Chet Huntley (December 10, 1911 - March 20, 1974), more popularly known as Chet Huntley, was an American television newscaster.
Huntley was born in Cardwell, Montana. He attended Montana State College in Bozeman and Cornish College of the Arts in Seattle before graduating from the University of Washington, Seattle, in 1934. He began his radio newscast career at Seattle's KIRO AM, later working on radio stations in Spokane, Washington and Portland, Oregon. He went to work for CBS Radio from 1939 to 1951, at which point he moved to ABC Radio. In 1955, he joined the NBC Radio network, viewed by network executives as "another Ed Murrow."
In 1956, coverage of the national political conventions was a major point of pride for the fledgling broadcast news organizations. NBC news executives were seeking to counter the growing popularity of CBS's Walter Cronkite, who had been a ratings success at the 1952 conventions. They decided to replace their current news anchor, John Cameron Swayze, but there was a disagreement on who the new anchorman should be. The two leading contenders were Chet Huntley and David Brinkley. The eventual decision was to have both men share the assignment. Their on-air chemistry was apparent from the start, with Huntley's straightforward presentation countered by Brinkley's acerbic wit.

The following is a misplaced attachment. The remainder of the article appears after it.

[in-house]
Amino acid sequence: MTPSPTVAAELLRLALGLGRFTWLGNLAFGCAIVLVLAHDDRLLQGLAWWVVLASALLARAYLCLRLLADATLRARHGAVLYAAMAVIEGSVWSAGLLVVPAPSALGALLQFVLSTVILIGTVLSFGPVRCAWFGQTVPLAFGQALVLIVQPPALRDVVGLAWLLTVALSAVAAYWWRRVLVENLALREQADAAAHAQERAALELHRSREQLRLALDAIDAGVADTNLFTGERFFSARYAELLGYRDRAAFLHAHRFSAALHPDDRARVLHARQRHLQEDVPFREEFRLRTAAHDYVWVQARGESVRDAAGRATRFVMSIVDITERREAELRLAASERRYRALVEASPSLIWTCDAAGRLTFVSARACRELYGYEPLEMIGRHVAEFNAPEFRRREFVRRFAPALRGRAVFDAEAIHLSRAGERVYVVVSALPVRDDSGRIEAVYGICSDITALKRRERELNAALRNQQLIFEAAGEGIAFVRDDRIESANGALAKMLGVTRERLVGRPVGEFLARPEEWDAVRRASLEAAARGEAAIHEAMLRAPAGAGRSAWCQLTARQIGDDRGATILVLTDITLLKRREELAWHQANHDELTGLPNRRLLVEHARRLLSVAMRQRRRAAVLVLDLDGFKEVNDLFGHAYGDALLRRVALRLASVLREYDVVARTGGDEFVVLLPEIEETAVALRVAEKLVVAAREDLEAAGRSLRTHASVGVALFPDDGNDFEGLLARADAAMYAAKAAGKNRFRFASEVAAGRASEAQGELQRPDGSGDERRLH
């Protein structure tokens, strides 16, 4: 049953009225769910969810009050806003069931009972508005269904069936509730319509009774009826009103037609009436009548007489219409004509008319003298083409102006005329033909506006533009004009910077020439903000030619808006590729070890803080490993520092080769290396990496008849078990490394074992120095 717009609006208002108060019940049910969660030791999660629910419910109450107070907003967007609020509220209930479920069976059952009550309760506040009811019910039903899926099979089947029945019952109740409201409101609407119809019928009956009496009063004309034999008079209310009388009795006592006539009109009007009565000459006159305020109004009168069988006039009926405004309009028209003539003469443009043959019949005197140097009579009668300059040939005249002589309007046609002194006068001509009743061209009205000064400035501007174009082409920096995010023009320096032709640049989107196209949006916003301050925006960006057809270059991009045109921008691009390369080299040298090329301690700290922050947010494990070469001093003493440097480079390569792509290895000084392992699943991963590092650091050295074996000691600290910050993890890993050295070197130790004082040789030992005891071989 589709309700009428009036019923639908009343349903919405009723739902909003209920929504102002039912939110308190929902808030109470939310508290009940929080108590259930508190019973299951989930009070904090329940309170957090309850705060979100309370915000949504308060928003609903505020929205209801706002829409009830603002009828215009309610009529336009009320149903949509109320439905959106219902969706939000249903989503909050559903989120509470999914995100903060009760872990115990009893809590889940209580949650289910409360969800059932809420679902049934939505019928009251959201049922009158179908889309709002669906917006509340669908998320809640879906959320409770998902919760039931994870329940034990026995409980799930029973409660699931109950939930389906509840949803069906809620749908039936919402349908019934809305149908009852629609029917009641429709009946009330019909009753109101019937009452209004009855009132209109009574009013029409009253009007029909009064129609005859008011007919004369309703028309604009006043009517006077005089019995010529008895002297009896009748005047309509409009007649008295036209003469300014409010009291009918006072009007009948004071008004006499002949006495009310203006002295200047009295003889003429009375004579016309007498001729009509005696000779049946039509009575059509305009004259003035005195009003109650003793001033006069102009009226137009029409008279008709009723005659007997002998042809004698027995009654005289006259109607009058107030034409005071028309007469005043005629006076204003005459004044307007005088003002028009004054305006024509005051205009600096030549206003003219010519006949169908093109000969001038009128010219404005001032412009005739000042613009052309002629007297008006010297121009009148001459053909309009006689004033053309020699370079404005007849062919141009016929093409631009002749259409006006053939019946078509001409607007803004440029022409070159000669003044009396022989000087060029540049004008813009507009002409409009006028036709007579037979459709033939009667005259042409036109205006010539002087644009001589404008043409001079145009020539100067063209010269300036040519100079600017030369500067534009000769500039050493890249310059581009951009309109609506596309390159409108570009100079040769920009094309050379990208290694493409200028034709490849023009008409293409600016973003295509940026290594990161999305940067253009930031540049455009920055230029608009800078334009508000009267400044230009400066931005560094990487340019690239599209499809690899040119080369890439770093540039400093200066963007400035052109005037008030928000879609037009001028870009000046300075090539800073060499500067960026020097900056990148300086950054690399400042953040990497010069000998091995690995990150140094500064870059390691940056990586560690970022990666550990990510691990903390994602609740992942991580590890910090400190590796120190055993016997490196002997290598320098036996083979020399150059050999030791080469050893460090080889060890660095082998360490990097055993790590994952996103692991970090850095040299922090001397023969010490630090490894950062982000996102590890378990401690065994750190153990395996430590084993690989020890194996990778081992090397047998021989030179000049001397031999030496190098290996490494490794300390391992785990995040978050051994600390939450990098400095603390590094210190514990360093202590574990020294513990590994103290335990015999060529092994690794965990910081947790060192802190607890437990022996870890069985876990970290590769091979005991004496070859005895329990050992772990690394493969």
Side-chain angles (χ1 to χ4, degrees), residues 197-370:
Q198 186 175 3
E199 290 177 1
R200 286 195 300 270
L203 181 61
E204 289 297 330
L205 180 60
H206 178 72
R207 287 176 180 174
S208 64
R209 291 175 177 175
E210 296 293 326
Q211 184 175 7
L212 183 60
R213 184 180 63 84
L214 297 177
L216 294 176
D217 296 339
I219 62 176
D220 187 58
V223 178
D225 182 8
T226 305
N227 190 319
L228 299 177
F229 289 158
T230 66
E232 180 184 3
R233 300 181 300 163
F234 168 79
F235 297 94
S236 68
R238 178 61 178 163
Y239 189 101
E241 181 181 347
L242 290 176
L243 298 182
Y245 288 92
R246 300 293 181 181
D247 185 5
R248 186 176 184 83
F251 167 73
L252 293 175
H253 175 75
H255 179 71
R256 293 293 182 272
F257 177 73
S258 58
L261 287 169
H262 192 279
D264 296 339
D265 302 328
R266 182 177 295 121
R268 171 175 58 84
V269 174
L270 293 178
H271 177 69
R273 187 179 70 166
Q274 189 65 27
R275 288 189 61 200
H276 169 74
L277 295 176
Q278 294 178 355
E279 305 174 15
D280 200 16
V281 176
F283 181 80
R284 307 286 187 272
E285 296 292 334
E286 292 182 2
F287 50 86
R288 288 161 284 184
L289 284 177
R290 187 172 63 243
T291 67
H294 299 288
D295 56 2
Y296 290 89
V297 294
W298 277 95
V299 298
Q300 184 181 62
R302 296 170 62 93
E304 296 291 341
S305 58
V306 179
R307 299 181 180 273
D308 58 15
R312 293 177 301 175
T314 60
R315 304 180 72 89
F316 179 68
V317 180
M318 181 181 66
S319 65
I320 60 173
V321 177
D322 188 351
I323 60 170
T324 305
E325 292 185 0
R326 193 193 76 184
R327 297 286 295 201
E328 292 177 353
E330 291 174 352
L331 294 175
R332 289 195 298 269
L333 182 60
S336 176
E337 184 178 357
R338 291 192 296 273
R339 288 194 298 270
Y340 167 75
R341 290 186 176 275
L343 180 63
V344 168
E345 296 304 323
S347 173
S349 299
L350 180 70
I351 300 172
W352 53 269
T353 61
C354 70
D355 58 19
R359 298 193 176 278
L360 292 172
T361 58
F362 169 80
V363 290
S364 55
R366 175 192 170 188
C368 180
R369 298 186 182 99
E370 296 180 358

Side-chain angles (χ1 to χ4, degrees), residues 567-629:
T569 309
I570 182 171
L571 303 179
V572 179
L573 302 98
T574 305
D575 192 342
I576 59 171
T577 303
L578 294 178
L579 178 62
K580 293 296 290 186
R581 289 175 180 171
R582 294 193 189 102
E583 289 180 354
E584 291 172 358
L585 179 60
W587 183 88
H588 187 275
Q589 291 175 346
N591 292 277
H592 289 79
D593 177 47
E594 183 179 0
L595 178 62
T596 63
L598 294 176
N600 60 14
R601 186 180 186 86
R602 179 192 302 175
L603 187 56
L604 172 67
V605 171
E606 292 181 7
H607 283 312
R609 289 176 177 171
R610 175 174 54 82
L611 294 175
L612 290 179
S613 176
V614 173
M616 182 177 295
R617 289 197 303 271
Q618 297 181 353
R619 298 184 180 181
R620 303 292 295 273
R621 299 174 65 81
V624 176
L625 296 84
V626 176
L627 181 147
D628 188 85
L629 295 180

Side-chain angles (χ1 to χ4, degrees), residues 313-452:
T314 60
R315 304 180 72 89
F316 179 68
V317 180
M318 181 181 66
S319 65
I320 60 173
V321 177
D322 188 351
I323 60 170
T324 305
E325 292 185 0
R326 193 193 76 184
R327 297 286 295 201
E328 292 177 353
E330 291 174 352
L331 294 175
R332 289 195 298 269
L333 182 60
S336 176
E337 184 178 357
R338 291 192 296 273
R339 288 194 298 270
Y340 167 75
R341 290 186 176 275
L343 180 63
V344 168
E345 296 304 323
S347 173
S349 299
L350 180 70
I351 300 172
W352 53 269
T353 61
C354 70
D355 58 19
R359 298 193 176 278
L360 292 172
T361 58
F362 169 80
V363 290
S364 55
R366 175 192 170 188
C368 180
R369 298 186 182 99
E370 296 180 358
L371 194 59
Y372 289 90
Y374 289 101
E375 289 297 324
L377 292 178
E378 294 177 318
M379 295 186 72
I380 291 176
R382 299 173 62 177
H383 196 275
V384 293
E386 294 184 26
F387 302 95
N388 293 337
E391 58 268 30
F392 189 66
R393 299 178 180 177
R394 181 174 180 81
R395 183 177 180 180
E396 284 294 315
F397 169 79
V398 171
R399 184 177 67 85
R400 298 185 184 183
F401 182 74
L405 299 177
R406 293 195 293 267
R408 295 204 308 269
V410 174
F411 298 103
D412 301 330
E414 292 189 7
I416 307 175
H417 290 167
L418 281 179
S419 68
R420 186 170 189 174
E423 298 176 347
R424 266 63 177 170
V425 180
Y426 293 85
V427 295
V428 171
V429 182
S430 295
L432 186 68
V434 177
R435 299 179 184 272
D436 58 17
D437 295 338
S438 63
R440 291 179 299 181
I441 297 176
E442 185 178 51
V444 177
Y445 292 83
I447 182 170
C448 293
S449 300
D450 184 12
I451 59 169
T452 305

This success soon led to the team replacing Swayze on the network's nightly news program. It was decided to have the two men co-anchor the show; Huntley from New York, Brinkley from Washington. The Huntley-Brinkley Report began in October, 1956 and was soon a ratings success. Huntley and Brinkley's catchphrase closing of "Good night, Chet" - "Good night, David. And good night for NBC News." was developed by the show's producer, Reuven Frank. The sign-off became famous (although both men disliked it).
Huntley retired in 1970 and returned to Montana. He published a memoir of his boyhood, The Generous Years, in 1968. Huntley died of lung cancer in 1974 at his home in Big Sky. In 2003, a biography titled Good Night Chet, by Lyle Johnston, was published by McFarland Publishers. Only days before his retirement, Huntley gave an amusing, free-swinging interview with Dick Cavett, available on the DVD The Dick Cavett Show: Rock Icons, Disc 2.
John Cameron Swayze
(as Camel News Caravan)
The Huntley-Brinkley Report anchorman
October 29, 1956 - July 31, 1970 (with David Brinkley)
John Chancellor, Frank McGee, and
(only Chancellor from 1971-1976 and 1979-1982)